Rubber producers said yesterday the government’s decision to amend the export tax scheme on natural rubber fell short of expectations and would do little to stem the losses of farmers as rubber prices hover near a six-year low.
Prime Minister Hun Sen issued a sub-decree on March 4 to revise the sliding tax scale tax on exports of natural rubber, previously set at $50 per tonne where the export price is below $2,000 per tonne.
Under the new scheme, rubber shipments will not be taxed when the export price is below $1,000 per tonne. Exporters will pay $150 per tonne on shipments valued between $1,000 and $2,000 per tonne, and $200 per tonne on shipments up to $3,000 per tonne.
Leng Thyvuth, finance director of Krek Rubber Plantation, said that the sub-decree could help some producers, but at current market prices the $50 per tonne export tax would remain in effect.
“As the international market price is above $1,000 per tonne right now, the sub-decree doesn’t help with the current situation,” he said, adding that the current export price of rubber is about $1,050 per tonne.
According to Thyvuth, Krek Rubber Plantation exported a total of 4,000 tonnes in 2015 – a slight uptick from 2014 – but while sustaining a loss on lower market prices.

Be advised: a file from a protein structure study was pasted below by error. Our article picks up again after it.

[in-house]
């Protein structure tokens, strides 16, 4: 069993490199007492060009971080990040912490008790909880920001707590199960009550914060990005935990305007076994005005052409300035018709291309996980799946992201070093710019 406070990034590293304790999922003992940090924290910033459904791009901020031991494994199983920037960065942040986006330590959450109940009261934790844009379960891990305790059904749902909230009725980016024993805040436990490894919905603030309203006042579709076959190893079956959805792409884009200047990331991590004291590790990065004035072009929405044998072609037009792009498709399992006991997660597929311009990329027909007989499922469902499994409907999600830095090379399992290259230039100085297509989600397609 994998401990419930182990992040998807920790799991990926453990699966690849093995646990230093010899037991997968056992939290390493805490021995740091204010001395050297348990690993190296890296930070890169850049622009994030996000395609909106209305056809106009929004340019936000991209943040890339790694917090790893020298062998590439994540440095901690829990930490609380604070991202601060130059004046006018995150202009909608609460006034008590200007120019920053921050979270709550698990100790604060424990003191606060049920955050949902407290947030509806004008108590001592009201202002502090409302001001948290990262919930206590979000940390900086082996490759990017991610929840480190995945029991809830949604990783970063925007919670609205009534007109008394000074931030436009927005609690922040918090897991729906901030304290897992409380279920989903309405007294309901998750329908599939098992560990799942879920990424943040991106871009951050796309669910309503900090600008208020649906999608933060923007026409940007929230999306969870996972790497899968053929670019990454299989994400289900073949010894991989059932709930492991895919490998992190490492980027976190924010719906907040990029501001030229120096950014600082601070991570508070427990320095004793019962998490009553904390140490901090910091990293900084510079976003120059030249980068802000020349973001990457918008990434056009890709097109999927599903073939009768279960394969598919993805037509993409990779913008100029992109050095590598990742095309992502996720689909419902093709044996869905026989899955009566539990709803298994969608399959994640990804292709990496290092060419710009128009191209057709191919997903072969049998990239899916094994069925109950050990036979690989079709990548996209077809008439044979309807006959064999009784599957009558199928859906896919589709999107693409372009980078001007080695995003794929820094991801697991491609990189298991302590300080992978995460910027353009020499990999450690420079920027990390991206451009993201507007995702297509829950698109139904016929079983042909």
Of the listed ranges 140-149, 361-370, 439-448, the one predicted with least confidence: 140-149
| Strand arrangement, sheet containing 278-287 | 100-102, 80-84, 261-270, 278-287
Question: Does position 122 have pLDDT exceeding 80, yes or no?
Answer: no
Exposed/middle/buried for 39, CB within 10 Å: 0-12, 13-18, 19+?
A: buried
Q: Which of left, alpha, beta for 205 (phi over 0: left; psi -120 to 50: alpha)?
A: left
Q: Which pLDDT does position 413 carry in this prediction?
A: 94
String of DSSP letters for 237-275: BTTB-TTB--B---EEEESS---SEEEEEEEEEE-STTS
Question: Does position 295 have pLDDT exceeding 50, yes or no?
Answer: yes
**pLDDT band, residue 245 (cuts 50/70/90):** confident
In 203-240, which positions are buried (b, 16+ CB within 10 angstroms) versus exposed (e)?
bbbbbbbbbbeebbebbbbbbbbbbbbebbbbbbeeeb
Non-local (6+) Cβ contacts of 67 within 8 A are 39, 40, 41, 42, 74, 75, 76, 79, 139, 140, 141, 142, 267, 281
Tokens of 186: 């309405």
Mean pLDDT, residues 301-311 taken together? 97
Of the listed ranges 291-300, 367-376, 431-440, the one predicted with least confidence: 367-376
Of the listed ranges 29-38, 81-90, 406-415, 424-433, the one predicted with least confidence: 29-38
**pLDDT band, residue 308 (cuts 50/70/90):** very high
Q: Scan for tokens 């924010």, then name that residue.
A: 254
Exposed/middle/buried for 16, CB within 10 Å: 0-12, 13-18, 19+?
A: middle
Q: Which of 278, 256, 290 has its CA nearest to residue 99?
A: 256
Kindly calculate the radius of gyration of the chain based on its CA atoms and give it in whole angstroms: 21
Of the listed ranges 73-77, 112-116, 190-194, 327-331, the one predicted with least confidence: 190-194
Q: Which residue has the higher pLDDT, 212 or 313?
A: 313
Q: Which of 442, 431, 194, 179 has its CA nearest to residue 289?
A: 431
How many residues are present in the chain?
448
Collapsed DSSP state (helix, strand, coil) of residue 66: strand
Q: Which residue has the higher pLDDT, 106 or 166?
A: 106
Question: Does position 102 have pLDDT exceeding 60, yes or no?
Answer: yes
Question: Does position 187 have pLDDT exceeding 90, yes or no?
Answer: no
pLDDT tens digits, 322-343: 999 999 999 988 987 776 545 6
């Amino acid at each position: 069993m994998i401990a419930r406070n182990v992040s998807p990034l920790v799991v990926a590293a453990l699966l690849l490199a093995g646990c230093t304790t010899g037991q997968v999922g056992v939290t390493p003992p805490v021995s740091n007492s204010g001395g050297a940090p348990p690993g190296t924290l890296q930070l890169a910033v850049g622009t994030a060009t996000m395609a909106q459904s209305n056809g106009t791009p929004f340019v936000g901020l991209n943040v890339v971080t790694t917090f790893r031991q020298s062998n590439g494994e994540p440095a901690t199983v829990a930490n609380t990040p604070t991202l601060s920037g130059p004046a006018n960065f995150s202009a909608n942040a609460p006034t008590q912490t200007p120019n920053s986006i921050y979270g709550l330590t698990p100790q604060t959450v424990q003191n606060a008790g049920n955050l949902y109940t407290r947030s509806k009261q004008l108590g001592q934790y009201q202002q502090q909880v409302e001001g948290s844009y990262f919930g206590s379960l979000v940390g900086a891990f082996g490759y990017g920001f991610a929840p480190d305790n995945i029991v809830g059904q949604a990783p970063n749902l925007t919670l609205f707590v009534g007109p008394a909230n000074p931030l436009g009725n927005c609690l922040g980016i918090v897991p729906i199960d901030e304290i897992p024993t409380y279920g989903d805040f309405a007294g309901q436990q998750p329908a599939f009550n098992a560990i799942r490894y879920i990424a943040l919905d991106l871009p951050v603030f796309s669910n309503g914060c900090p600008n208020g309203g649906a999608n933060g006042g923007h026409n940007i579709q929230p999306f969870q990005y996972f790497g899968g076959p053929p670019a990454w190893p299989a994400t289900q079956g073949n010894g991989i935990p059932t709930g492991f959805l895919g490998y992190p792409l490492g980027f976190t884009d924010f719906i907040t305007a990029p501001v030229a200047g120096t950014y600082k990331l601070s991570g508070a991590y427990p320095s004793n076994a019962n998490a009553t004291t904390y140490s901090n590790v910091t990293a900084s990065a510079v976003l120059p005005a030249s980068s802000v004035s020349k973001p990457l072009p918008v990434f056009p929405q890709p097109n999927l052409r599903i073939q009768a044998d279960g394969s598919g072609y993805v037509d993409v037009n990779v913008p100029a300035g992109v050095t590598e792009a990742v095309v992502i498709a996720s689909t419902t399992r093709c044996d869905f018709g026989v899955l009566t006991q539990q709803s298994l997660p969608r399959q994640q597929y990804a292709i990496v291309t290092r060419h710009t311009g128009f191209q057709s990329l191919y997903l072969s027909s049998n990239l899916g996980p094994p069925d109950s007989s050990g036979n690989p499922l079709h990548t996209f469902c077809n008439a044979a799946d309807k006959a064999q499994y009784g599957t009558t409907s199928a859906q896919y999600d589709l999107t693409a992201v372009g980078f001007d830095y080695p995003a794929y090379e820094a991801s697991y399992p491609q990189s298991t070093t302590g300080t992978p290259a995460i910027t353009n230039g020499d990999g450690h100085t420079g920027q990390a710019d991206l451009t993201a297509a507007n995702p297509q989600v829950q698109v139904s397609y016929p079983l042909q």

World prices of natural rubber have plummeted over the last five years due to slower demand in China and a glut of supply.
The market price of processed natural rubber is currently less than a quarter of 2011 levels, when the commodity was trading at $4,500 per tonne, fuelling a rush to cultivate plantations.
While Thyvuth does not expect rubber prices or demand to pick up anytime soon, he said the sub-decree failed to address the current market situation.
“It would have been better if the sub-decree said that when the price is below $1,500 per tonne, there is no tax,” he said, adding that local production costs were about $1,400 per tonne.
A rubber exporter, who asked for anonymity, echoed the sentiment that the sub-decree did little to help local producers. “It is similar as before,” he said.
“We suggest having a discussion between the private sector and the Ministry of Agriculture, Forestry and Fisheries, as well as the Ministry of Economy and Finance to find acceptable solutions.”
If a solution is not found, he said, most farmers will switch to products that can make a “profit and fast money.” Cambodian Rubber Association president Mok Kimhong declined to comment yesterday.
Cambodia has cultivated rubber trees on an area of about 330,000 hectares, though only about 60,000 hectares contain trees mature enough to yield latex. The cultivated area is expected to reach 400,000 hectares by 2020.
According to the 2015 annual report of the Ministry of Agriculture, Forestry and Fisheries, total natural rubber export volume reached 124,614 tonnes, a 24.4 percent increase over the previous year, while the value of these shipments fell by about 2.5 per cent to $150 million.